The term “friction” is often used in conjunction with online identity. This doesn’t refer to the act of physically rubbing a token on to laptop or smart phone, but rather how much more difficult an authentication technology makes it to gain access to a web site or service.
Simply put, no authentication scheme is without some friction. But the aim of technology providers and the replying parties who will deploy these new systems is to develop a scheme that is as friction-less as possible. Here are a few of the many companies working on solutions.
Yubico offers a driver-less USB key called a Yubikey that serves as a second factor of authentication, says Stina Ehrensvard, CEO and founder of the company. Google uses the technology internally and seven of the top 10 Internet firms also use it for logical security within the enterprise.
To securely authenticate software engineers to production networks and servers, Facebook deployed the Yubikey solution for quick and easy authentication of employees.
The Yubikey is one of a series of two factor authentication options Facebook employees can choose. Using the cloud-based platform from Duo Security, an array of options – push, SMS, mobile, voice – can be supported.
With Duo, users are given a choice of device and method each time they authenticate. Additionally, Duo supports all phone types, from smart phones to landlines, and lets users authenticate with a variety of authentication factors including the YubiKey.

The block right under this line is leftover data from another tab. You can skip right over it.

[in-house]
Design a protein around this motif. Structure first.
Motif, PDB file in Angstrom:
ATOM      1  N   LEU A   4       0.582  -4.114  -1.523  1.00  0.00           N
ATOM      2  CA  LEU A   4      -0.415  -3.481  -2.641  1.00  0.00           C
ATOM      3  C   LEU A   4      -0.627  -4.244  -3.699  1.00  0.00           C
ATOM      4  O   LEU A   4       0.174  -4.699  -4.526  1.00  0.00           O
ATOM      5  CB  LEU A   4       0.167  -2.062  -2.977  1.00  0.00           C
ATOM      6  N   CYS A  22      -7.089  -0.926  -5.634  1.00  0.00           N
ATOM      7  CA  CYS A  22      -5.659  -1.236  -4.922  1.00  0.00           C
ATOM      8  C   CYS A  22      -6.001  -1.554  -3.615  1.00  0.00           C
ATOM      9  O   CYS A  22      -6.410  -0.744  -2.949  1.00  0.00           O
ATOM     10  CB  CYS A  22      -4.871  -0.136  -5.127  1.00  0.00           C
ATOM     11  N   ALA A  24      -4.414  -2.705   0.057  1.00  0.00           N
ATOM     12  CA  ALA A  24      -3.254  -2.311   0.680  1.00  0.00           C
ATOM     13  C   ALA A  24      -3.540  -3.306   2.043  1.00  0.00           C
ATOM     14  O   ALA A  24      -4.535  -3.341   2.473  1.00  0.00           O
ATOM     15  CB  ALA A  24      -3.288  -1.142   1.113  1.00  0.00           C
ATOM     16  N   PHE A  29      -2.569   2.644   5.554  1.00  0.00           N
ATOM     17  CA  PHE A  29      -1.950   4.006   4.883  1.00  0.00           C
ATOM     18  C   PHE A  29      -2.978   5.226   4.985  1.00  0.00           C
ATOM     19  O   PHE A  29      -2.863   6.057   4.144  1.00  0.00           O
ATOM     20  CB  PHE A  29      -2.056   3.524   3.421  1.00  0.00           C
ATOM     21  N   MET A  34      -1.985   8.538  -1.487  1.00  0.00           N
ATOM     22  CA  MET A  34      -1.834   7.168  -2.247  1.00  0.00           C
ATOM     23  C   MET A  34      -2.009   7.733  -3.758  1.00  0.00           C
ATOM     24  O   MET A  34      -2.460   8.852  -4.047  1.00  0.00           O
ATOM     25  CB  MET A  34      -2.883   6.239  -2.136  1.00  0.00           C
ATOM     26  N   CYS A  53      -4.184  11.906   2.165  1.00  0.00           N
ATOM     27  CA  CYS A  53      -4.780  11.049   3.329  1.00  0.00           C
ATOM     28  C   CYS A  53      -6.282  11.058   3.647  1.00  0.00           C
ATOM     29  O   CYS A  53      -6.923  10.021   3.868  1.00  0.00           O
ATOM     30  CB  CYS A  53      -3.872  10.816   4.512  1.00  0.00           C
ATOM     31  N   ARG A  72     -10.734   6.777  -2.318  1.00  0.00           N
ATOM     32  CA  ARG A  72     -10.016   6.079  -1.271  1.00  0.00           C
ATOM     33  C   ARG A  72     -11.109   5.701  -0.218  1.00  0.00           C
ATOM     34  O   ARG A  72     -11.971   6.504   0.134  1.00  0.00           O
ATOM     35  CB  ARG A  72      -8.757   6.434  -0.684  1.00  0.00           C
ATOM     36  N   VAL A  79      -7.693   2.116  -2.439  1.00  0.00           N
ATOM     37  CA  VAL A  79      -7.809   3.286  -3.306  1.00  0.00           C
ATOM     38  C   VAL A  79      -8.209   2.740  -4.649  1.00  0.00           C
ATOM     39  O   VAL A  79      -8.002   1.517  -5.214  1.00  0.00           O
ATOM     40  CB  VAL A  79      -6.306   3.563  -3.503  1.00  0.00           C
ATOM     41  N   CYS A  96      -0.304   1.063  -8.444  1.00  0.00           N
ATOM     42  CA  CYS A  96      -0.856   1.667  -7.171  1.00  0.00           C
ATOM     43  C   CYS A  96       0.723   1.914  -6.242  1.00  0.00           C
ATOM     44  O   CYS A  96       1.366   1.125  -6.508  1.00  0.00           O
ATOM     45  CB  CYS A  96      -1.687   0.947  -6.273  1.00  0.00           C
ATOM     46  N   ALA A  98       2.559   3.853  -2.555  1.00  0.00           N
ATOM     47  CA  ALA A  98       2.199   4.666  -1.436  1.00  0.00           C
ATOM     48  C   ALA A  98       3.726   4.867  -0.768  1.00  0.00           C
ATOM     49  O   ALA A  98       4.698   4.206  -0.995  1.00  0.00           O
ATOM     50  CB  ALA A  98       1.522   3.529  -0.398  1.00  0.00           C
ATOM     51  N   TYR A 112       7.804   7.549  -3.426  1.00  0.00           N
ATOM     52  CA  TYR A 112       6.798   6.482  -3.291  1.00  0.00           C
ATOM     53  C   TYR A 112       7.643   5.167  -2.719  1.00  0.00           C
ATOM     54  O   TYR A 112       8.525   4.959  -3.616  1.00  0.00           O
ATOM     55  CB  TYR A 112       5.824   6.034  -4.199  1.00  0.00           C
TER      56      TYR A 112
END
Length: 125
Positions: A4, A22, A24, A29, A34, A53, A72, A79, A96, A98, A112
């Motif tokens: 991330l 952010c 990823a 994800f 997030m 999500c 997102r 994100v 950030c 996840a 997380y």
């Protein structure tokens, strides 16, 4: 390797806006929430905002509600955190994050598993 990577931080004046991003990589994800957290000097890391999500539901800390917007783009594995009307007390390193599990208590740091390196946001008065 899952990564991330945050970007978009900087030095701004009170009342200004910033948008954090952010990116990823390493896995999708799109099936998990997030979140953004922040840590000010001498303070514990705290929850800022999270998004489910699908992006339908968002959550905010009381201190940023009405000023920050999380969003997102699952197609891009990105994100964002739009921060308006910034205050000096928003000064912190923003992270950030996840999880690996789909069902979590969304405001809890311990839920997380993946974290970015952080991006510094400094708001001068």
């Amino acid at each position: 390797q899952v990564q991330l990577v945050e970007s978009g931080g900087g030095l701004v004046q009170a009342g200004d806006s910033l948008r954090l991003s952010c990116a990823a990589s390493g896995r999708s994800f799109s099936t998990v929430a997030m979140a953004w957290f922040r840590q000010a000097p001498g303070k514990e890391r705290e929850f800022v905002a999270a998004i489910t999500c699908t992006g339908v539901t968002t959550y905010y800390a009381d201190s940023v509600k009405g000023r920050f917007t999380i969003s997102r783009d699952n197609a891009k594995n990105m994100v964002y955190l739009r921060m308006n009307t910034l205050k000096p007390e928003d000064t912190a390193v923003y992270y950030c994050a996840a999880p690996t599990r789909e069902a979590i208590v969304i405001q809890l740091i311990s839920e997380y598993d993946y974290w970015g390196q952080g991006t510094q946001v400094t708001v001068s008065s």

The YubiKey Nano is designed to stay inside the USB-slot once inserted. To authenticate, users simply press the device and a passcode is instantly and automatically entered, there is no need to physically re-type passcodes.
Web developers can use widely available open source tools to create systems that enable the YubiKey for access, Ehrensvard says. She compares the Yubikey to a smart card in a keyfob form rather than a basic OTP device.
“One-time passcode technology is good but there are emerging threats such as man-in-the-middle or man-in-the-browser attacks. It is better than passwords but not as good as smart cards,” she says.
Smart card technology has its drawbacks as well, Ehrensvard explains. “Smart cards are complex, need readers, middleware and a Certificate Authority,” she says. “We’re trying to take smart card technology to the mass consumer market by removing the barriers and complexity.”
The Yubikey doesn’t require any middleware, drivers or a Certificate Authority. Instead the authentication is placed in the browser, enabling Web developers to build authentication protocols that take advantage of the device.
In its default mode, the YubiKey works by emitting a one-time passcode by emulating a USB keyboard. As almost all modern computers support USB keyboards, the YubiKey requires no additional client software.
A user inputs a password, inserts the YubiKey into the USB port and then presses the button to emit the OTP. The OTP is verified by the software or service supporting the Yubikey, enabling secure login in under a second.
Each time a new OTP is generated, it invalidates all previously generated passcodes. This means that even if a YubiKey is recorded, it cannot be used again to access a protected site or service. Each OTP is unique to the YubiKey it’s generated from, and cannot be duplicated or copied to another device.
Yubico is a member of the FIDO Alliance, an organization dedicated to bringing high-assurance authentication to the masses. The alliance is working on a Universal Authentication Framework and a Universal Second Factor.